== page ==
the broader economy. Murychev said Central Bank monitors
would inject an element of accountability into the
anti-crisis program and would ensure the liquidity was used
effectively.



--------------------------


GOR Should Support Regional Banks, SMEs


--------------------------





5. (C) Murychev said staving off deepening uncertainty about
the banking sector's solvency was and would continue to be a
key challenge for the GOR. He expressed optimism that the
GOR would continue to demonstrate flexibility regarding
anti-crisis measures. In that regard, he said the GOR might
need to re-evaluate its approach to supporting the banking
sector as the effects of the crisis become more acute. For
example, most of the Russian banks that have experienced the
greatest difficulty have been relatively large,
internationally rated private banks headquartered in Moscow.
That large Moscow banks were safe banks was no longer
axiomatic, according to Murychev. He commended regional
banks for having stayed afloat on their own so far through
their prudent management of cash and clients. However, these
banks would inevitably face difficulties, and directing more
liquidity to them would become increasingly critical in the
coming weeks and months.



6. (C) Murychev said the RUIE supported a government boost
to aggregate demand. An increase in the volume of government
procurement contracts and subsidized interest rates would
help small businesses as well as sustain employment and
overall commercial activity across the country. As with
support to the banking sector, careful oversight would be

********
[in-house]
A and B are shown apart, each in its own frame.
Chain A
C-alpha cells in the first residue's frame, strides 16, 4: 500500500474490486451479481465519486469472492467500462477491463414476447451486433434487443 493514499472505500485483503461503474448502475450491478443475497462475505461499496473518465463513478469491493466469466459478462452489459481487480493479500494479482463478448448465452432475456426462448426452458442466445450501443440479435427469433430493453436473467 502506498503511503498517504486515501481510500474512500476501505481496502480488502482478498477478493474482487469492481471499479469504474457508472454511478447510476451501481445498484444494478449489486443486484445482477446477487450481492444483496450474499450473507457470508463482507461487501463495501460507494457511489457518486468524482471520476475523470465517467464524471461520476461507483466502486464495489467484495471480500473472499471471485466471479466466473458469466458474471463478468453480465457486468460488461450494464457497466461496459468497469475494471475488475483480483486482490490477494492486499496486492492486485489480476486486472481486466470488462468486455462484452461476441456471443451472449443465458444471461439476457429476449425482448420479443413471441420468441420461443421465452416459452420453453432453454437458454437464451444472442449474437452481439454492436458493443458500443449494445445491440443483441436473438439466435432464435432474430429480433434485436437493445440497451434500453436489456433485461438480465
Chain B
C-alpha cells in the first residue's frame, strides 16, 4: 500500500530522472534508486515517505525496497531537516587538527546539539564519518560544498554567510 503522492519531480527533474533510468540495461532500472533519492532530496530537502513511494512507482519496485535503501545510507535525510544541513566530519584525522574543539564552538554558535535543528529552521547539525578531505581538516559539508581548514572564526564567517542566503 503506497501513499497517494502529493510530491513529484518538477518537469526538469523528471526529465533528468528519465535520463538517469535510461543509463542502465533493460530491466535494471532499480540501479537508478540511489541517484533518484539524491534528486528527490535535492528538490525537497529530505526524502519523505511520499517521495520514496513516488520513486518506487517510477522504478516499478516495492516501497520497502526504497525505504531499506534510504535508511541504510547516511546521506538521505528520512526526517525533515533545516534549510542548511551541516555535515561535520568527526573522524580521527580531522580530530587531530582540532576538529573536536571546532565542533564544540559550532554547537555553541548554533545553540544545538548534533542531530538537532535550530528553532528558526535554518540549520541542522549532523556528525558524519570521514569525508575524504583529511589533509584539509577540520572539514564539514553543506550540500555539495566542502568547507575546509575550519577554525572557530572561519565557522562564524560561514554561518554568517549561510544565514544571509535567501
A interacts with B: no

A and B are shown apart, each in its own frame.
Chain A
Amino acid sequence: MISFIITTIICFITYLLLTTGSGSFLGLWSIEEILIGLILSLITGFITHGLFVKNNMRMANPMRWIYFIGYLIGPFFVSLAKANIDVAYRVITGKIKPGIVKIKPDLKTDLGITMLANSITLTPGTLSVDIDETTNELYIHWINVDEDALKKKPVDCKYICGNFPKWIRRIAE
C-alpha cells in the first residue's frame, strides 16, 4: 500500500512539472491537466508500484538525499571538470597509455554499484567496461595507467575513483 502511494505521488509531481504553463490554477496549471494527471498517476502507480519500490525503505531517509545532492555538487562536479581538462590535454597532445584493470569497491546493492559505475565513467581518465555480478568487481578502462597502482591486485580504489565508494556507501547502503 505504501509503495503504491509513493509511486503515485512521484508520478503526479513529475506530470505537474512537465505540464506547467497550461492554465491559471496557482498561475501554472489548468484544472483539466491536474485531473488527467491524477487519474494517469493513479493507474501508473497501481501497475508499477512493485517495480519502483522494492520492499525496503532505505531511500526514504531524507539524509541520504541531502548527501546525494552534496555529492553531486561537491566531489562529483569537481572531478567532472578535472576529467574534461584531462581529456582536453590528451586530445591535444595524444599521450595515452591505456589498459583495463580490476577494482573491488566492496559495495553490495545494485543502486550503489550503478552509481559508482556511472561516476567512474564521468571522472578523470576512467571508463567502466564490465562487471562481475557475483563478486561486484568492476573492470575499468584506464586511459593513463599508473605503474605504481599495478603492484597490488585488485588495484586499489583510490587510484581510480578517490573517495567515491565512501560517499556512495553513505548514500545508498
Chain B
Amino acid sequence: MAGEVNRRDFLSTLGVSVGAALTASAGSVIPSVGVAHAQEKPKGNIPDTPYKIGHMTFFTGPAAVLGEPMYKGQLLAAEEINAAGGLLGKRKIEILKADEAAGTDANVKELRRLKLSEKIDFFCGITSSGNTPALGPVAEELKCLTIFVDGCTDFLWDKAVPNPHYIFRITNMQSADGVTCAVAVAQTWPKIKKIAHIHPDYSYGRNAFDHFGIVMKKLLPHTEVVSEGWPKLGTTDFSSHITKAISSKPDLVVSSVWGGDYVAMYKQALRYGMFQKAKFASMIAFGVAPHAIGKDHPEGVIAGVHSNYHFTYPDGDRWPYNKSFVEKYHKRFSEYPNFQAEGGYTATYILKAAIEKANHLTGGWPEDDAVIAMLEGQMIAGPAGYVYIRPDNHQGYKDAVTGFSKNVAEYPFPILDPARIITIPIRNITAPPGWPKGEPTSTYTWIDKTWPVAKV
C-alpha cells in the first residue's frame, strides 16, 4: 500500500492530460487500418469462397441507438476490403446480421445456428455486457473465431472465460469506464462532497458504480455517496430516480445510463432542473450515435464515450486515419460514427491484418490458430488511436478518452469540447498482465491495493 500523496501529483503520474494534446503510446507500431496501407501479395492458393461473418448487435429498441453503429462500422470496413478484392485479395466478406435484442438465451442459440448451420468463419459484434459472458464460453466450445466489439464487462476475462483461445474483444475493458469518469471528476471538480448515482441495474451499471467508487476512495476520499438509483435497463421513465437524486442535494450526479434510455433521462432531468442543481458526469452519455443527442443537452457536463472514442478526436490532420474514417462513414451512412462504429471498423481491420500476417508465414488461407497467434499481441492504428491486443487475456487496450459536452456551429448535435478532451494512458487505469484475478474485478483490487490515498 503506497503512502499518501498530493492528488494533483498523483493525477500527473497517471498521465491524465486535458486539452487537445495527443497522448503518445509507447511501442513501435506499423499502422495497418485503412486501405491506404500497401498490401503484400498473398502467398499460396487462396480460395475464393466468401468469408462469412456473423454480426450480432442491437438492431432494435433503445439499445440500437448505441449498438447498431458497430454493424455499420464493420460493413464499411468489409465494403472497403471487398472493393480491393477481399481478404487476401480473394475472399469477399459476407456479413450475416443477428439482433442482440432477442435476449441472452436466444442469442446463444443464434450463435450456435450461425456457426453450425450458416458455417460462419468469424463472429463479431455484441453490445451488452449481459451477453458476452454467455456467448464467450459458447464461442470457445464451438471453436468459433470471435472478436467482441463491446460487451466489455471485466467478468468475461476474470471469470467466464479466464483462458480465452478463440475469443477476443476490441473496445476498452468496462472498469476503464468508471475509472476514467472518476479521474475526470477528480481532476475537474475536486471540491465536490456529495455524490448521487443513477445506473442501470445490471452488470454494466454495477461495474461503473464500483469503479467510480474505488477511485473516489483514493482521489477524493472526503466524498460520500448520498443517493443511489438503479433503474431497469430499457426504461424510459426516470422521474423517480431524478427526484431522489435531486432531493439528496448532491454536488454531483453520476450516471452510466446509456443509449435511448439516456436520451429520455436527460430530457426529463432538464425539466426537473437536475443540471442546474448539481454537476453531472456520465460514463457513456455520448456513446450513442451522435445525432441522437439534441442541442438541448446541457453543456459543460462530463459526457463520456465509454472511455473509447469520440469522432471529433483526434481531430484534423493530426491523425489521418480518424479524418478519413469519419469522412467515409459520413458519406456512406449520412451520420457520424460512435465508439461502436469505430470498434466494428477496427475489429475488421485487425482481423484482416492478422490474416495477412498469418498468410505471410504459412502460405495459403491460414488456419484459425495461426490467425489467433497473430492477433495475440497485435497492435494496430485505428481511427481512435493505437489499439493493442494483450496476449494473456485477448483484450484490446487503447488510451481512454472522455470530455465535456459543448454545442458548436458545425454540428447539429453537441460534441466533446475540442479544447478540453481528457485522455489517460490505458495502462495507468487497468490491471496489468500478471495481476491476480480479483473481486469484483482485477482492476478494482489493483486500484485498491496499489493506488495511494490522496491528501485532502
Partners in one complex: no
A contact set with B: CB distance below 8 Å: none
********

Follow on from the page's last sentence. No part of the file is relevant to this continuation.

critical to the success of this proposal. Business
associations and officials needed to insist on a transparent
bidding process.



--------------------------


Reserves and the Ruble


--------------------------





7. (C) Murychev praised the GOR's financial stewardship
which had produced close to $600 billion in reserves in
recent years. The Finance Ministry's conservative fiscal
policy had been vindicated and had given Russia the resources
to withstand current conditions. Murychev acknowledged that
reserves had dropped sharply since mid-August but argued the
reserves had been earmarked responsibly and creatively to
address the domestic effects of the financial crisis. He
said that RUIE member firms, in a series of surveys on the
GOR's anti-crisis measures, strongly supported efforts to
ensure the country's banks had reliable access to liquidity
as the necessary first step in resolving the credit crunch.



8. (C) Murychev asserted that, although the financial crisis
had affected the U.S. for more than a year, it had affected
Russia for only three months. Capital might continue to flow
out of the country as investors and depositors worried about
the value of the ruble and the stability of the banking
sector. Foreign currency reserves, however, were sufficient
to mitigate the economic strain of falling commodity prices
and weakening demand. Referring to Medvedev's November 5
Presidential Address, he added that the goal of making the
ruble a reserve currency was a natural aspiration because of
what it represented: a strong economy and stable political
environment (reftel). Murychev conceded, however, that the
long-term program of reforming the Russian economy and
enhancing the status of the ruble would be a distant second
priority behind efforts to stabilize the economy for the next
18 months.



--------------------------


Comment


--------------------------





9. (C) We are skeptical that the GOR will succeed in getting
banks to expand lending by Central Bank oversight and fiat.
Moreover, this strikes us as further evidence of the GOR's
continuing faith in administrative controls to resolve
economic problems -- a bad predisposition given that the
crisis will deepen in coming months and the GOR will
inevitably flirt with capital and price controls among other
state-centric measures. End Comment.
BEYRLE